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Intervention 5 - Crisis Solving

Paired up players:

Player1 (19) - Player2 (33) (Strangers)

Player3 (21) - Player4 (22) (Sisters)

Player5 (20) - Player6 (36) - Player7 (19) (P6 is a stranger, other two are friends)

Player8 (21) - Player9 (52) (Son and Mother)

Player10 (19) - Player11 (23) (Met once before.)

Player12 (18) - Player13 (24) (Student and University admin)

My influence as a researcher: Most of the players are known to me at different levels. This familiarity made the players more comfortable with being paired up with strangers as the trust they had in me translated into trusting my interventions would not cause them any harm.

This is to determine how they would work together in exchanging opinions to solve a problem. This plays to Veneer Theory whether the players would work together or disagree in solving problems.


The most well thought out solutions came from the mother and son group. According to the son, 'my mom finds answers to crisis' on a daily basis. It's her job. Plus both of us are logical people. We need reason to believe in stuff, but most of the stuff my mom says makes sense'. This highlights strongly the idea that certain beliefs should be kept only if it rationally makes sense to be kept. When it comes to culture and traditions in Sri Lanka there is an agreement from the younger generation and the older educated generation that certain things can be taken out when it doesn't rationally makes sense. At the same time, certain Sri Lankan values that has to do with our family values can be adjusted and kept. The agreement from the younger generation is still questionable as it prompts the questions whether P8 agrees with P9 sincerely or whether it's still because of the family values.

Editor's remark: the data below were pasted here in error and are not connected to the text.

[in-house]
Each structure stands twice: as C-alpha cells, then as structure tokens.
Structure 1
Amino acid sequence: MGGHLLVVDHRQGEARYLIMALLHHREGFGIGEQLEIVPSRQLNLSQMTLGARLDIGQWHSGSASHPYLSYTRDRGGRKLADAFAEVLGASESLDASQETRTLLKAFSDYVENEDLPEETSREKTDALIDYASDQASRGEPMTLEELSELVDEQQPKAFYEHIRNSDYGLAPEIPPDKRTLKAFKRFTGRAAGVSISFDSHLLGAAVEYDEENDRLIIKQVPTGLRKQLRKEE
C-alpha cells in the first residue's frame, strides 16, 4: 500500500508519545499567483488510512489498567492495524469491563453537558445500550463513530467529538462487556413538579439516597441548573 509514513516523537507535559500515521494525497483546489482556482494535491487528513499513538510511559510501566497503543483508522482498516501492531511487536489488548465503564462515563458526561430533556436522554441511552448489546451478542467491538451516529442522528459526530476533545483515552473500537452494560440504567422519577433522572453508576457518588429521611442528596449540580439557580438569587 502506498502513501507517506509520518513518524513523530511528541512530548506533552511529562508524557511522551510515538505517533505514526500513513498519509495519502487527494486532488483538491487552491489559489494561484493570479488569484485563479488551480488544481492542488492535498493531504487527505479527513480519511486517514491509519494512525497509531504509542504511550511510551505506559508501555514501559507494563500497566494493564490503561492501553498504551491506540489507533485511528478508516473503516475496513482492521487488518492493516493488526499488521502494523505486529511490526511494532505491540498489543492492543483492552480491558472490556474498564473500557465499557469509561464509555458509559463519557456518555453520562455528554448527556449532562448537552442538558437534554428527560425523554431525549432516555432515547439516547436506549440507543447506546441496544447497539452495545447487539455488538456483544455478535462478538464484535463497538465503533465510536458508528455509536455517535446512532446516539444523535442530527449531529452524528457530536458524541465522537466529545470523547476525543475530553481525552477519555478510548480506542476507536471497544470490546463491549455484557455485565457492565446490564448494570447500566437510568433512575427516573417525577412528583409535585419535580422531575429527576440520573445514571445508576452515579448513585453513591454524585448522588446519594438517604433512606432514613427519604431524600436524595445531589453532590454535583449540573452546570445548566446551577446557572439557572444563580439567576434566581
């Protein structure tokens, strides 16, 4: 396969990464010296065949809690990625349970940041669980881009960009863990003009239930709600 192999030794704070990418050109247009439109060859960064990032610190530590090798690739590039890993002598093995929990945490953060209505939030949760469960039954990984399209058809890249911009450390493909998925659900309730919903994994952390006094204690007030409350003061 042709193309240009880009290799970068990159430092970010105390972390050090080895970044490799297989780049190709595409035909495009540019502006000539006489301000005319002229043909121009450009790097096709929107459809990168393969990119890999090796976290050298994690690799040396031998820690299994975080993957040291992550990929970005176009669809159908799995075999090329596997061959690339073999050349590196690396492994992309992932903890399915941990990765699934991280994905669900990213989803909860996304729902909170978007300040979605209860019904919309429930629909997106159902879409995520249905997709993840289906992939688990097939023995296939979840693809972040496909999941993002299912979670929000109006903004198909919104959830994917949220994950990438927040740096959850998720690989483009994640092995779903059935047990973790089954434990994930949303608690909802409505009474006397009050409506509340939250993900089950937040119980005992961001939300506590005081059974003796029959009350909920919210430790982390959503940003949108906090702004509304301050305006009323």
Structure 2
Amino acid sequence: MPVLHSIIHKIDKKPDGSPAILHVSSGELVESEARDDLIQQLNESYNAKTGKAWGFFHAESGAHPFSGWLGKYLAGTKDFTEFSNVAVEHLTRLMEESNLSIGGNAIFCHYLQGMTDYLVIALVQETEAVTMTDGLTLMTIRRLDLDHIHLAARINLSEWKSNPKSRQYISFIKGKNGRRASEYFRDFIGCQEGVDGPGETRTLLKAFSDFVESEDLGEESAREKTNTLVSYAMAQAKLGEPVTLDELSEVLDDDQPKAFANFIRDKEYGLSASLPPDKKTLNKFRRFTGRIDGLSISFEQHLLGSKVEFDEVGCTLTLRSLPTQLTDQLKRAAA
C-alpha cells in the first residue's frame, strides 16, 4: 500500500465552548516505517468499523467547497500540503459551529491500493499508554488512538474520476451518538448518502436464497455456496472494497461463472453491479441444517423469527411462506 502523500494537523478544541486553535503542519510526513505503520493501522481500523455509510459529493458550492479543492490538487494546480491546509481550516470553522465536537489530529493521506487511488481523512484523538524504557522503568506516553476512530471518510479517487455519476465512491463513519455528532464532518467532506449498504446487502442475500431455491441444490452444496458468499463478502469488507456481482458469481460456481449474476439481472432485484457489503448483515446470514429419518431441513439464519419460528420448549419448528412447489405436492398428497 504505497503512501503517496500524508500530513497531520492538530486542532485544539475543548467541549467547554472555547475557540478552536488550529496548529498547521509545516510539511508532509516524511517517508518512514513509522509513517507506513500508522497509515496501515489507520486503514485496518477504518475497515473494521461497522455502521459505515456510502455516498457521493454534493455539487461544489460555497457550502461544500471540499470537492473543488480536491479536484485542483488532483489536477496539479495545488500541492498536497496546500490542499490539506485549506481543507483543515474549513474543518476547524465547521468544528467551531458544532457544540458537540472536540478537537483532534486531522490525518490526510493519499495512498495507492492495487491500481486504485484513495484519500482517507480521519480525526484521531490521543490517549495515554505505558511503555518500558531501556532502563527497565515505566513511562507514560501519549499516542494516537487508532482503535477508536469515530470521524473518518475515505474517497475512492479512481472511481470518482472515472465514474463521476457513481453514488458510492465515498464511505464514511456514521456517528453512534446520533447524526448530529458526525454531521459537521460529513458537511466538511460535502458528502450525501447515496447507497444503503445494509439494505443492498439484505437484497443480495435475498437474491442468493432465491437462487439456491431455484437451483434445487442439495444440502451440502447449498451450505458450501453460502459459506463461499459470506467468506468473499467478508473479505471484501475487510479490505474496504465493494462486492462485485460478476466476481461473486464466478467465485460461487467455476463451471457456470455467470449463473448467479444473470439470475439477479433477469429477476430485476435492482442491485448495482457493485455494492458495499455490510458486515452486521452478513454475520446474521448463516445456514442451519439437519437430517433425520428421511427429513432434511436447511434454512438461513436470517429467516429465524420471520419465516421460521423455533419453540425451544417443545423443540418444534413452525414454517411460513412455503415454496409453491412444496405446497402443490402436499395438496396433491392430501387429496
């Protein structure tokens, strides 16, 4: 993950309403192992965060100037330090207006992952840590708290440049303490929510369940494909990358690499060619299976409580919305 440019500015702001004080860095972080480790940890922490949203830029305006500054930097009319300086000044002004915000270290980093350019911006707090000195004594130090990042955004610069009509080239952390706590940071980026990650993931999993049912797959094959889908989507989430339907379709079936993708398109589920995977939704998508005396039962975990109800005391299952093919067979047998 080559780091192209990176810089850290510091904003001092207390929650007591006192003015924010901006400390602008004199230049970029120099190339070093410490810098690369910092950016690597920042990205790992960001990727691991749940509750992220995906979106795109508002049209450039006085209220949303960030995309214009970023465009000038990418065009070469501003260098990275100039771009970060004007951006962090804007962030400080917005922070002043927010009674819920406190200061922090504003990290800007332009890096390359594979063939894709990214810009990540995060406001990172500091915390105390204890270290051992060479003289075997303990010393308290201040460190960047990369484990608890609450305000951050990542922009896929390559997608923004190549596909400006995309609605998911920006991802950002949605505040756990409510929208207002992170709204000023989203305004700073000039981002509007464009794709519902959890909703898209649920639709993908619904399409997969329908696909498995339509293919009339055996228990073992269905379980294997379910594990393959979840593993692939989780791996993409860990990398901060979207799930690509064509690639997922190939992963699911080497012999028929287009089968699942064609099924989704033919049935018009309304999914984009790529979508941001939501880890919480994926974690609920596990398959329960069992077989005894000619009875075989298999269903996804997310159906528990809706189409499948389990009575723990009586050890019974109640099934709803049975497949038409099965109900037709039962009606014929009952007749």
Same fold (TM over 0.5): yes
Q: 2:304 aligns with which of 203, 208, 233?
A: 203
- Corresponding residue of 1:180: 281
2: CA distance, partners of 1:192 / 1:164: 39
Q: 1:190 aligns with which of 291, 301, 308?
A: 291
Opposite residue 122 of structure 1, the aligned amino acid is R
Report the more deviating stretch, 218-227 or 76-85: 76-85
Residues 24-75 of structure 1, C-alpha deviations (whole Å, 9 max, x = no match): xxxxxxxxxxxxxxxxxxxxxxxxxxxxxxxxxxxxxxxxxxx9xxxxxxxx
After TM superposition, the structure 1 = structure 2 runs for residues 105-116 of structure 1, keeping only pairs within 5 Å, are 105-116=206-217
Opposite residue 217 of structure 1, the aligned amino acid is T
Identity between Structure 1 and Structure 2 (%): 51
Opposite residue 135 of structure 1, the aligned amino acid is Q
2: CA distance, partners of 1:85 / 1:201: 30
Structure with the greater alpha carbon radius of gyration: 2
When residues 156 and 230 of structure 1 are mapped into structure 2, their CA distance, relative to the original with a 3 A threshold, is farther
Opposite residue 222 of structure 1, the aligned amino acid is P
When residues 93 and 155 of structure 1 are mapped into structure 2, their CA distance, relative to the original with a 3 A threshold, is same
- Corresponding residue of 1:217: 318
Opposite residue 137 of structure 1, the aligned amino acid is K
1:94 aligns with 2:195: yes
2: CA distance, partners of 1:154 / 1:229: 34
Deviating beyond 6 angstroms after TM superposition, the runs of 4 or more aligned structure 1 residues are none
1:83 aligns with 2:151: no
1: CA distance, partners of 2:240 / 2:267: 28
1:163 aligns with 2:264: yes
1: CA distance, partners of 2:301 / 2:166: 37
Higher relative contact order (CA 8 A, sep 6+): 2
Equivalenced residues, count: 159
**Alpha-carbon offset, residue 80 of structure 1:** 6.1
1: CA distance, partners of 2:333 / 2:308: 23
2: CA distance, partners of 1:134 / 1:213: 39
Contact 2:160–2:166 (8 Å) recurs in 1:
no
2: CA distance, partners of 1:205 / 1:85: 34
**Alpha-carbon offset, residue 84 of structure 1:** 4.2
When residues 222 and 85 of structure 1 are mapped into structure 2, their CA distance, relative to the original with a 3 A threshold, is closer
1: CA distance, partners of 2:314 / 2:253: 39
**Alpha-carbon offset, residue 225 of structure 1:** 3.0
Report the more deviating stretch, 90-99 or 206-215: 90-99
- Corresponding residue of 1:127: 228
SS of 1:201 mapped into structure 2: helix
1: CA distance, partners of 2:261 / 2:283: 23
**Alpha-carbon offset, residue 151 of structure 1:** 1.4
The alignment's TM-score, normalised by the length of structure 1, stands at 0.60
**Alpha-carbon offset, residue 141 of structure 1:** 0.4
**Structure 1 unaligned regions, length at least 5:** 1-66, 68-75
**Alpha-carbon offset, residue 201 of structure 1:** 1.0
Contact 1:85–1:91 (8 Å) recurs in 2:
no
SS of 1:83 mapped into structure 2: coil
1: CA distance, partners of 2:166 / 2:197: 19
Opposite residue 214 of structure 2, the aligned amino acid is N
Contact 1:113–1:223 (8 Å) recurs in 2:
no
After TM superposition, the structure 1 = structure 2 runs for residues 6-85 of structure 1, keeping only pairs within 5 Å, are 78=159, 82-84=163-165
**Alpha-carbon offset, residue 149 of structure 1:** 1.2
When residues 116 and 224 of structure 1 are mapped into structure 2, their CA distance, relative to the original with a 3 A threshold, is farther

Even though the sisters didn't have a big age gap, P3 noted that while she thought in the moment answers, P4 was more 'mature and realistic' with her solutions. They also made a note that they didn't realise the time passed as they enjoyed discussing the solutions to the problems.

Interesting, all players suggested removing the 'big girl party' as a tradition. The 'big girl party' is practiced in Sri Lanka when a girl gets her first period. She is kept inside a room away from men for a certain period of time, and then have a ritual with family members and she's presented to the outside with a part - basically announcing to the world that she got her first period. With many culture and traditions everyday life, it was interesting to see even the male players chose this as a tradition that should be removed.


There were disagreements in this activity between the players. They settled on agreeing to disagree - perhaps with the limited time they were given or the fact that they were simply doing an activity that seemingly had no real life consequences to them. While most came up with basic solutions for the first two problems, they became more involved in global problems. This suggests that either they have thought more about global problems or uncomfortable talking about matters close to home.

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